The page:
President Obama got pretty worked up about his health care law during Friday’s press conference. And it's not surprising. Republicans have tried to undermine the law, whether by spreading disinformation or interfering with efforts to educate people about their new insurance options. Some have even suggested shutting down the government in order to take away the program’s funds. “I think the really interesting question is why it is that my friends in the other party have made the idea of preventing people from getting health care their holy grail, their number one priority,” Obama said, adding later, “At least they used to say, well, we’re going to replace it with something better. There’s not even a pretense now that they’re going to replace it with something better.”
He's right. But Obama also sounded one false note on Friday. It happened when he was describing what would happen on October 1, when new insurance policies will become available to people who don’t have access to coverage through their employers.
Here's what Obama said:
they're going to be able to go on a website or call up a call center and sign up for affordable quality health insurance at a significantly cheaper rate than what they can get right now on the individual market. And if even with lower premiums they still can't afford it, we're going to be able to provide them with a tax credit to help them buy it. [emphasis mine]
As readers of this space know, Obamacare will unleash several changes on this part of the insurance market. Some, like regulations requiring insurers to cover “essential” benefits, will tend to make insurance more expensive. Others, like tax credits for people with incomes of less than four times the poverty line, will tend to make insurance less expensive.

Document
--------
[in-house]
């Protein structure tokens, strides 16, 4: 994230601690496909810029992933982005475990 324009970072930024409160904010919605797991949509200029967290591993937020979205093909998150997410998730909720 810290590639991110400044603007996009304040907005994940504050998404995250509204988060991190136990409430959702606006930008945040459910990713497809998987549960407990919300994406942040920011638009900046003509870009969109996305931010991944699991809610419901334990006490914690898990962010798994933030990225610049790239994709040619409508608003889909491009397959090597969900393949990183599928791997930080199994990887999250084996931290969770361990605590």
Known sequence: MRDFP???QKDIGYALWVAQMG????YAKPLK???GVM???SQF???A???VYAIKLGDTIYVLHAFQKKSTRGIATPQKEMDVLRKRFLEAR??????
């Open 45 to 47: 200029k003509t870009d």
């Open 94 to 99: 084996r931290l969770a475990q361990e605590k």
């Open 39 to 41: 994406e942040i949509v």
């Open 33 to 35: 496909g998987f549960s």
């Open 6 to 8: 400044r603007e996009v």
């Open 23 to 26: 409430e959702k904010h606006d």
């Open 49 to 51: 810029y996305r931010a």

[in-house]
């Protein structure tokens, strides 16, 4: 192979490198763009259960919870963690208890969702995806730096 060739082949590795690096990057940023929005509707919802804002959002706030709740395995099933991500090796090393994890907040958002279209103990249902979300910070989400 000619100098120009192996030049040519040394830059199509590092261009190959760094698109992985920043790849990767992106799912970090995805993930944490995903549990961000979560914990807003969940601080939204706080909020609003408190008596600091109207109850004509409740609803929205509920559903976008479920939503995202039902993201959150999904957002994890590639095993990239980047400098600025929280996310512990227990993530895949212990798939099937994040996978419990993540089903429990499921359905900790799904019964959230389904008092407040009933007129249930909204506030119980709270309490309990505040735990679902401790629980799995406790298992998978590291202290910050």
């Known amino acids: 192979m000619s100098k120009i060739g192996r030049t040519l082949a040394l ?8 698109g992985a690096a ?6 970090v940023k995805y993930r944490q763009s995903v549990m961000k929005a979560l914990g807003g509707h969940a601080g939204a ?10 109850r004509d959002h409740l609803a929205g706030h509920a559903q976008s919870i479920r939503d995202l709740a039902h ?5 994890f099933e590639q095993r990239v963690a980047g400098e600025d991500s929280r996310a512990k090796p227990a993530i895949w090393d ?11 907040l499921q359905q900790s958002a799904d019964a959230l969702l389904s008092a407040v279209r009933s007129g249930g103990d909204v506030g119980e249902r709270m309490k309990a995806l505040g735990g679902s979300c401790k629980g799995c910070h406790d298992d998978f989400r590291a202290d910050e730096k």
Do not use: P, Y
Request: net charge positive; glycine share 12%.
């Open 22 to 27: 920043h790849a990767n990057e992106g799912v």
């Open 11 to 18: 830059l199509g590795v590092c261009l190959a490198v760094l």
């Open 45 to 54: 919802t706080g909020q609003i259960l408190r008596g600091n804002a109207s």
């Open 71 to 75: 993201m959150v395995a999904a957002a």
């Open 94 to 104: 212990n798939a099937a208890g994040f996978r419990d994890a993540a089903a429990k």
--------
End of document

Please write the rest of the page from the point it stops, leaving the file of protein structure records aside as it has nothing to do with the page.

The effects will vary enormously depending on who you are, what policy you choose, and where you live. And while some people will pay less than they pay today, some will pay more. They will primarily be young, healthy men who benefited from preferential pricing in the past, were content with coverage that had huge gaps, and are too wealthy to qualify for the law’s tax credits—which are substantial but phase out at higher incomes. Exactly how many people fall into this category remains the subject of controversy. But the experts I trust most think that a minority of people getting coverage through the exchanges will end up paying more than they are for coverage now. (That's not including the many people who have no insurance at all right now.)
I happen to think even those people who end up paying more will still get a good deal, although Obamacare critics (like Avik Roy) would disagree. The insurance won’t be expensive relative to what people working for employers get. It will only be expensive relative to what these people are paying now—i.e., for less comprehensive, less available coverage. For that reason, among others, it’s possible to argue that coverage under Obamacare will be cheaper than equivalent coverage is today. I suspect the White House would say Obama’s statement—that people “can” get cheaper coverage than they could before—is consistent with that principle. That's true.
But somebody listening to Obama’s press conference probably wouldn’t grasp that distinction. They’d come away thinking their insurance will be cheaper next year. For some, it won't be. Obama isn’t doing himself, or the law, any favors by fostering a false expectation.
If you're a young, single person in your twenties and you're already insured, your rates may go up somewhat because you're going to go into a big pool with middle-aged people and older people, and we want to enable people to keep their insurance even when someone in their family gets sick. But I think that's fair because when the young get older they will benefit from it, first, and secondly, even those who pay a little more today will benefit 4, 5, 6, 7 years from now by our bringing health care costs closer to inflation.
That's the kind of grown-up, honest talk on which Obama has always prided himself. This would be a good occasion for it.
Jonathan Cohn is a senior editor at the New Republic. Follow him on twitter @CitizenCohn